Gregor Jenkin
Gregor Jenkin
Image: Supplied

Often exploratory and steeped in historical reference, Gregor Jenkin’s pieces are elevated beyond mere “furniture”. Many of you will know him for his reinterpretation of Cape Dutch and Shaker style tables and chairs that bear the same design language as their predecessors, but in new materials, and using new ways of engineering. Whether by way of fragmented and crooked form, or surfaces emblazoned with the scribbles of frustrated youth, Gregor’s anthology of work digs deeper, as he looks critically at his subjects and gives them new expression.

Everything he makes relates to what he has seen or experienced. “I like to think I see things that many people might not notice and then design something in response to those things,” he explains. He prefers to remain out of the spotlight, letting his work to do the talking – refreshing modesty for one of the country’s most exported designers, whose work catapulted to the floors of London’s Conran Shop and who was the first African to exhibit at Design Miami.

Do you recall where your love of making things began? I’ve always made things. I remember going on holiday with my friends around the age of 11 or 12; on the days I wasn’t surfing I was fixing things at their parent’s houses like webbing on furniture, things that often their parents couldn’t get around to.

Whose teaching has had the biggest impact on the way you do things? A combination of my mother and my father.

And what did you learn? My mom was of the attitude that everything could be done in-house, I remember her teaching me how to put putty into windows for example. My dad taught me a way of thinking that was more applied; he wasn’t very hands on, he was more intuitive about how things could be done in a different way. It’s a very potent way of thinking, because you don’t have the baggage of people who do things in a set way. I’ve ended up with a combination of pure pragmatism from my mother and lateral thinking from my father.

The majority of your work has been produced in mild steel, why is that? I started out on the back of my dad’s business, he was in industrial fasteners and all of them were mild steel based. I’m quite applied-knowledge minded, so I came across processes and used those to make things outside of the existing industry.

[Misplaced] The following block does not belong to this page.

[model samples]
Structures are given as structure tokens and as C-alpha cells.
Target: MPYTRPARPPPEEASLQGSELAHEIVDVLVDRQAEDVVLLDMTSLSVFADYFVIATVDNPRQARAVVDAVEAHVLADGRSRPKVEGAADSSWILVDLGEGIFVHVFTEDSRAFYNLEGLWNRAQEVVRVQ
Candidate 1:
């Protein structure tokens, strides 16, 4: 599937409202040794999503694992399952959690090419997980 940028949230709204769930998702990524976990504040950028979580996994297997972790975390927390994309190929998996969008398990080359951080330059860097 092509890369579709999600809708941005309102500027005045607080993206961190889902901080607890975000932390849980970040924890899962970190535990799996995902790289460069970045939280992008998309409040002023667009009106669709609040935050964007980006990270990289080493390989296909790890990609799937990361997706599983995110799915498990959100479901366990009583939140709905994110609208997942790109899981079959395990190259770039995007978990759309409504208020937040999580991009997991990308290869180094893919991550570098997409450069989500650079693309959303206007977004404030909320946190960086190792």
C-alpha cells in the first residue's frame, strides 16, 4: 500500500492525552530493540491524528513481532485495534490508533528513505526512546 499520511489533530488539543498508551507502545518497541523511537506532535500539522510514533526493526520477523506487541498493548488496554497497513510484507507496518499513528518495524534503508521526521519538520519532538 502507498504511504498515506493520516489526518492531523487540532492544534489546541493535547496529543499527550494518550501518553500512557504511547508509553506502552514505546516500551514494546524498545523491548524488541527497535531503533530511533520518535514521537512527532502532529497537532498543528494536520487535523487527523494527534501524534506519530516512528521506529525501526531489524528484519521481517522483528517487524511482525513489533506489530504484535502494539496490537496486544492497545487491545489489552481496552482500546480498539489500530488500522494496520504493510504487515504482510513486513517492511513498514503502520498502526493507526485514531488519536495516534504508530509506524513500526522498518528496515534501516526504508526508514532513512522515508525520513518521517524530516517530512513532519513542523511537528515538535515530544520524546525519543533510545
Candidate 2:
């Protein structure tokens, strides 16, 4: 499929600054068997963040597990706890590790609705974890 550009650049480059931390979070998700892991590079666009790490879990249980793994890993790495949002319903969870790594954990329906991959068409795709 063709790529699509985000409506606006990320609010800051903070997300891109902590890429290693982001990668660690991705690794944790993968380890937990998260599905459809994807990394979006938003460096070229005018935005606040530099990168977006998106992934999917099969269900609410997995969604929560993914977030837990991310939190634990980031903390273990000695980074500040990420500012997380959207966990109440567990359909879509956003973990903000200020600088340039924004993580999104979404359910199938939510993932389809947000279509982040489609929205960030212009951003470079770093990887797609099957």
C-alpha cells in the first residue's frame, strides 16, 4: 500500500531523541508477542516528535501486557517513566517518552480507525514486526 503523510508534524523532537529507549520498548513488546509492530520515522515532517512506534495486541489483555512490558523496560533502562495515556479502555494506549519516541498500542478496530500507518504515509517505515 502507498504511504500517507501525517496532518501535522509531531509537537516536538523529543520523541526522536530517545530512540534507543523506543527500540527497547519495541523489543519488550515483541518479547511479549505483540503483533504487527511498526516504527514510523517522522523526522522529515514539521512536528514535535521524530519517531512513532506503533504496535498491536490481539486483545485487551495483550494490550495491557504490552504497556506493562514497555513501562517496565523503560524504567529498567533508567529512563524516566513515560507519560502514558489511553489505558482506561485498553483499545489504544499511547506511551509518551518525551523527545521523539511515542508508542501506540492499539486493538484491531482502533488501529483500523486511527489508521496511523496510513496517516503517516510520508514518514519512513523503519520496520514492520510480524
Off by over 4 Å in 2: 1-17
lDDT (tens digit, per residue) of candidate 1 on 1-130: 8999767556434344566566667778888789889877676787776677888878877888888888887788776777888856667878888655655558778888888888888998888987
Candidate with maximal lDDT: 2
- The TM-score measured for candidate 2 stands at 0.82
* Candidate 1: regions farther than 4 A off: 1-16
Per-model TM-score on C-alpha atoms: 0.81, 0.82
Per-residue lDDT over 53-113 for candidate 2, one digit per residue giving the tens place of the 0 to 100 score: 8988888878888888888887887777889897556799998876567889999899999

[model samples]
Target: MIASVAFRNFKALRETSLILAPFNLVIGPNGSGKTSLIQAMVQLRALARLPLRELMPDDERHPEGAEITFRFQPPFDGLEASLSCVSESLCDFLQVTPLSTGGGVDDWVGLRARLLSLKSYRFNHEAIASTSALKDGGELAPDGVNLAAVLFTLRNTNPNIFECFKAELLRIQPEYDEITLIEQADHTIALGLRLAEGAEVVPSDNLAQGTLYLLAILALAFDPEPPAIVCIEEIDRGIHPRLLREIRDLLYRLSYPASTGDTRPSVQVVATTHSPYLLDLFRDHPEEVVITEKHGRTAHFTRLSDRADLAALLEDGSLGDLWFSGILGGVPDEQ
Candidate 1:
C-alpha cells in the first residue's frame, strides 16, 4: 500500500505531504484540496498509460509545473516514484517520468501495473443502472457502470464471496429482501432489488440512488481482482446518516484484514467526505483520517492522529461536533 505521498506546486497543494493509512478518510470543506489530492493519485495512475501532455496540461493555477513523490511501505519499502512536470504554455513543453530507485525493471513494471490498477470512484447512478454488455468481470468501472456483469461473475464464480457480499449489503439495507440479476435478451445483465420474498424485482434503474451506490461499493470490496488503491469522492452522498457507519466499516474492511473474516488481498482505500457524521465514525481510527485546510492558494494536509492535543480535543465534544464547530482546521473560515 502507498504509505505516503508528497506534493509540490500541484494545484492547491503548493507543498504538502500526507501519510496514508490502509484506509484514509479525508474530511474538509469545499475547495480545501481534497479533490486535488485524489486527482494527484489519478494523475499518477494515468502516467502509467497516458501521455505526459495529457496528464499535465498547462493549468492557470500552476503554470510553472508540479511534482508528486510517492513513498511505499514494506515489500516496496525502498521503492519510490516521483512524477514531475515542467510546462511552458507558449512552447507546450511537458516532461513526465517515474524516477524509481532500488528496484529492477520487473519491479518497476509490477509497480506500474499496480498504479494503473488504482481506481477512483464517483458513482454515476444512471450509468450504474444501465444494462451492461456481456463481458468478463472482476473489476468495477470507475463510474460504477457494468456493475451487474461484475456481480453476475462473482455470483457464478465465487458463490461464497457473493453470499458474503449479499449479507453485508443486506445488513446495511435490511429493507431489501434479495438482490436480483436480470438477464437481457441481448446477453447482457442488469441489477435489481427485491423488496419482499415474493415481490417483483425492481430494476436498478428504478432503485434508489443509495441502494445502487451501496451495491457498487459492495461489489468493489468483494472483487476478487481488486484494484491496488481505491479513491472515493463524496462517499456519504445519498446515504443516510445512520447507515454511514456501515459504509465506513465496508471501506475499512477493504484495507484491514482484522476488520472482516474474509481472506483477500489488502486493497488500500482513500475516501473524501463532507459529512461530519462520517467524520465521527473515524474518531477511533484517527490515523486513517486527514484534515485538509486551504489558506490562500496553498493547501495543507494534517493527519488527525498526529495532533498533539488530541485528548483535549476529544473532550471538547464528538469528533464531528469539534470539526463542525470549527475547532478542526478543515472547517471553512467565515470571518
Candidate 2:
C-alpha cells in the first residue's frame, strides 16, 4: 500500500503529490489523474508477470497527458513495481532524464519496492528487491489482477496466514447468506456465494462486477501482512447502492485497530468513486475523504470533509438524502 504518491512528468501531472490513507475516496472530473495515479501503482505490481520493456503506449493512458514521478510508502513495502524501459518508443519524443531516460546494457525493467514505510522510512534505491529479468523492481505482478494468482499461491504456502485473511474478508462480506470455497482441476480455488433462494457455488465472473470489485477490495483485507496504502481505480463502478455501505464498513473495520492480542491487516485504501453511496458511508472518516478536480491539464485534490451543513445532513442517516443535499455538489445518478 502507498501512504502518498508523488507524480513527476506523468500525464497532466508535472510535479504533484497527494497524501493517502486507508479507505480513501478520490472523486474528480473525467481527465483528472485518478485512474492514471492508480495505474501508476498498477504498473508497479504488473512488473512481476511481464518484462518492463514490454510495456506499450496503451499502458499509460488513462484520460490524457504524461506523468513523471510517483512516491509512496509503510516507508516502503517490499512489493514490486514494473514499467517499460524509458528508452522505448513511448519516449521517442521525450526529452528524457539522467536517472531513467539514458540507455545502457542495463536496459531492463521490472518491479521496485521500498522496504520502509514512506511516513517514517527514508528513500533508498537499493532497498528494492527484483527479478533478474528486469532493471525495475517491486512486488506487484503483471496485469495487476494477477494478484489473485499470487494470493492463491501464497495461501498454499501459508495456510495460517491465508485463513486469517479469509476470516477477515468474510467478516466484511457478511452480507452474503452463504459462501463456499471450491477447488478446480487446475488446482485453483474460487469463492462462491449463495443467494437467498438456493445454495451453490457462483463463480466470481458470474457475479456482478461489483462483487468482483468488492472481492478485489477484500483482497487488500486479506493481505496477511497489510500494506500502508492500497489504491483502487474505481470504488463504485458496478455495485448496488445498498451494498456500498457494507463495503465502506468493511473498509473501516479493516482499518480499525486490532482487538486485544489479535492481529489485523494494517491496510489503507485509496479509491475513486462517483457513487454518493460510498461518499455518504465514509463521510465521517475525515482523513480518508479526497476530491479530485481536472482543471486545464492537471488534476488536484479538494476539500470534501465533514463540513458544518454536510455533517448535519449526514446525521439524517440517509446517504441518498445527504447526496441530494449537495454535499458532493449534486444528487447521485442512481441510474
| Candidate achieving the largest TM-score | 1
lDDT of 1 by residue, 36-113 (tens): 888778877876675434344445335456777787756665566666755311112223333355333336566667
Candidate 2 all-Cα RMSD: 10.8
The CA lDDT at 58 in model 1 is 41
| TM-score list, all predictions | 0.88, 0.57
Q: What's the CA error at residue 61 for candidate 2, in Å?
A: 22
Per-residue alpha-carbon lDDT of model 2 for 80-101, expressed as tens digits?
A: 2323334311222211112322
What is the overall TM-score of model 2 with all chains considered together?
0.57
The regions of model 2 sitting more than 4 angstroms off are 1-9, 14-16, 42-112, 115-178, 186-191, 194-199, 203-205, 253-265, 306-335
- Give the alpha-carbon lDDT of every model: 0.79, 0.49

I’ve made things out of hundreds of other materials, but I keep coming back to mild steel, because it’s undervalued and overlooked. When I started making mild steel furniture, there was a lot of it in the market, but it was mostly wrought iron or painted, it was never an expression of what the material really was. I was always struck when I saw mild steel at mills or suppliers; it had an intrinsic beauty and all this patterning that was incidental to its making. It was something that I wanted to explore. In many ways I like to put a piece of material to use, make something out of it in such a way that the material qualities can remain.

You’ve often said you’re a maker, not a designer, what does that mean to you? It’s an hours-in-the-day synopsis. I spend most of my time making things and while I’m doing that I’m designing. The two happen concurrently, but when I finish making something I consider it made as opposed to designed because making is such a large part of my process. Making things is a real time, solutions-based way to live your life, when you put your hand to something, you get results.

In terms of collaborating, who’s next on the list? I’ve had wonderful collaborations with William Kentridge, Charles Haupt of Bronze Age and Cameron Platter. Artists have a very different way of seeing things that I wouldn’t naturally see. I’d love to collaborate with Adriaan Hugo but we’ve never managed to get it together since the nature of our work means we’re in the same production cycles.

One piece of furniture that has forever captured your love of making? There are plenty. So many of them are historical: Gate leg tables, shaker chairs, shaker machines, all of them essential pieces of design and making. What really thrills me the most is when people make something out of nothing; or when they make things haphazardly and the way the final product looks (its form) is incidental to what it needs to do (its function). I call that incidental form.

Tell me about the newest additions to your upcoming exhibition, like the salvaged heritage steel pieces? That’s just a small aspect of it. I got all the steel from the silo, most of it was too big to reuse as sculptural objects. It comes back to incidental form, looking at it and seeing shapes which I couldn’t engineer. I’m trying to find new form, useable from those original forms.

The exhibition is an overview of everything I’m interested in making at this point in my career, of me and my studio and what we are up to at this point. It follows no theme, it’s a snapshot of our design and production right now.

What do you hope visitors to the exhibition will walk away with? An understanding of how diverse my studio’s interests are and how everything is so varying and variable, but there’s a common pattern and language around the way we make things and the way that finished pieces are presented.

- The Gregor Jenkin solo runs from 9 November 2017 to 12 February 2018, at Southern Guild Gallery, GUILD, 5B, Silo 5, V&A Waterfront.

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